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If a third party javascript file hangs and takes a while to load, will jQuery(document).ready have to wait for that to load before being called?

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3 Answers 3

up vote 12 down vote accepted

Yes, it has to wait. In particular, you cannot rely on jQuery(document).ready() to fire before other scripts get a chance to execute. ready binds to DOMContentReady, readystatechanged, or onload, whichever is available.

The documentation states that "in most cases, the script can be run as soon as the DOM hierarchy has been fully constructed". Note that the only guarantee is that the DOM is ready when this event fires. It does not guarantee you anything else - because it just cannot.

This, for example will not work in IE, Firefox or Chromium, brilliant.js is always called before the ready() handler has a chance to execute no matter how you shuffle the script tags:

<!DOCTYPE html PUBLIC "-//W3C//DTD XHTML 1.0 Transitional//EN" "http://www.w3.org/TR/xhtml1/DTD/xhtml1-transitional.dtd">
<html xmlns="http://www.w3.org/1999/xhtml">
    <script src="http://ajax.microsoft.com/ajax/jQuery/jquery-1.4.2.js" charset="utf-8" type="text/javascript" ></script>
    <script type="text/javascript" >
    // <![CDATA[
        alert("attaching event");
        $(document).ready(function () { alert("fired"); });
    // ]]> 
    <script type="text/javascript" src="brilliant.js" ></script>

FYI, here is the relevant code from jquery-1.4.2:

bindReady: function() {
    if ( readyBound ) {

    readyBound = true;

    // Catch cases where $(document).ready() is called after the
    // browser event has already occurred.
    if ( document.readyState === "complete" ) {
        return jQuery.ready();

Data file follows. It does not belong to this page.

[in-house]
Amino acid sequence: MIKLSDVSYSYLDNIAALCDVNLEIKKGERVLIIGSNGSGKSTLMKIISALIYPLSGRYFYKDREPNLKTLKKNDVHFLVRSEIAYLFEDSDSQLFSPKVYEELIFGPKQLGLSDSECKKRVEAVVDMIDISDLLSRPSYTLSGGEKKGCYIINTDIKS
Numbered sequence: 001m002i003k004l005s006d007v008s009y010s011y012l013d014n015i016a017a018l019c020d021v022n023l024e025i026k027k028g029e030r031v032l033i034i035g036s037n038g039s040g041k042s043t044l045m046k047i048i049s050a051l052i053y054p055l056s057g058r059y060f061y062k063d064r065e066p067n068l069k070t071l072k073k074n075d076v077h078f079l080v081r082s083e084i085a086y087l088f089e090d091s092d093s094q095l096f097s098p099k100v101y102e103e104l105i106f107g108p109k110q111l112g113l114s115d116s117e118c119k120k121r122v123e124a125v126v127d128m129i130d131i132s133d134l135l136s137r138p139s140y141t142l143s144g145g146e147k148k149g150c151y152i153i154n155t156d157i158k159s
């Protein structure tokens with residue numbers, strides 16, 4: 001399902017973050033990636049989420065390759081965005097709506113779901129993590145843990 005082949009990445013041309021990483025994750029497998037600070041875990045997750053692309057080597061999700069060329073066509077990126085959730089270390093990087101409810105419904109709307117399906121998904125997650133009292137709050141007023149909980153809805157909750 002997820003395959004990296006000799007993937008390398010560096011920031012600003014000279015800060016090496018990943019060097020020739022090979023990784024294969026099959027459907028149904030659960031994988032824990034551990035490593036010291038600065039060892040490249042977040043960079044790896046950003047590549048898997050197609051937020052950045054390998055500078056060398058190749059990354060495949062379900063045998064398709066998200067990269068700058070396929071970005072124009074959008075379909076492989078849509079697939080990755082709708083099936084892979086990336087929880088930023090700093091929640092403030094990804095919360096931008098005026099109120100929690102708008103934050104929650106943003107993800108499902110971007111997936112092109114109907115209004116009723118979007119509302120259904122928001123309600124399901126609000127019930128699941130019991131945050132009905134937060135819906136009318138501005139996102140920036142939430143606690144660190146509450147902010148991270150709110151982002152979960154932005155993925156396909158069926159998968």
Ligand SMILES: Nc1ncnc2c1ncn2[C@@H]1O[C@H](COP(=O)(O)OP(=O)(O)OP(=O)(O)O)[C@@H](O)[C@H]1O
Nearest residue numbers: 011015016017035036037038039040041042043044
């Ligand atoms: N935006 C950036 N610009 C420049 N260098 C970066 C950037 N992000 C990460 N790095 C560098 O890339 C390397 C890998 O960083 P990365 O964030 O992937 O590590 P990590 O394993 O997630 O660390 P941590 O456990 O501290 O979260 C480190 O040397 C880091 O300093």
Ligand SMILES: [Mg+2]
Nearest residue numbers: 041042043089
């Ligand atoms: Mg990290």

// Mozilla, Opera and webkit nightlies currently support this event
    if ( document.addEventListener ) {
        // Use the handy event callback
        document.addEventListener( "DOMContentLoaded", DOMContentLoaded, false );

        // A fallback to window.onload, that will always work
        window.addEventListener( "load", jQuery.ready, false );

    // If IE event model is used
    } else if ( document.attachEvent ) {
        // ensure firing before onload,
        // maybe late but safe also for iframes
        document.attachEvent("onreadystatechange", DOMContentLoaded);

        // A fallback to window.onload, that will always work
        window.attachEvent( "onload", jQuery.ready );

        // If IE and not a frame
        // continually check to see if the document is ready
        var toplevel = false;

        try {
            toplevel = window.frameElement == null;
        } catch(e) {}

        if ( document.documentElement.doScroll && toplevel ) {
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Please comment, if you decide to downvote. Thank you. –  Andras Vass Mar 7 '10 at 19:54

i think $(document).ready() runs when the html document has been loaded and rendered. Read the documentation for more info


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ready() runs when John Resig decides it should run. It can run on different browsers or even on different versions of the same browser at different times. You cannot rely on it firing your event handler before other scripts get a chance to execute. The only thing you can tell for sure is that you can get to the DOM when it fires. –  Andras Vass Mar 7 '10 at 20:26

The 3rd party js file may be blocking, especially if it's in the head tag. Try putting it just before the <body> closing tag.

I think the first answer is incorrect - document.ready doesn't mean that all content has to be loaded, it means that the dom is complete. Otherwise, jquery methods run inside this wouldn't run until all images (for example) were loaded, which is not true.


It looks like the behaviour is different for scripts, but can be browser specific. There is a good explanation here:


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According to Mozilla documentation for the "DOMContentLoaded" event, the key difference between "ready" and "load" is that the page doesn't wait for images to load before calling "ready" (i.e., the "DOMContentLoaded" handler when in Firefox or Webkit). Doesn't say anything about script files being done. Given that we're talking about a single-threaded model, I don't see how the "ready" handlers could be called while the browser were still parsing/executing a <script> block it encounters before the end of the <body>. –  Pointy Mar 7 '10 at 19:48
A test page with a slow script loaded at the end of the body always results in that script finishing before the jQuery "ready" handler is invoked. –  Pointy Mar 7 '10 at 20:06
I mean: +1 for @Pointy –  Andras Vass Mar 7 '10 at 20:16

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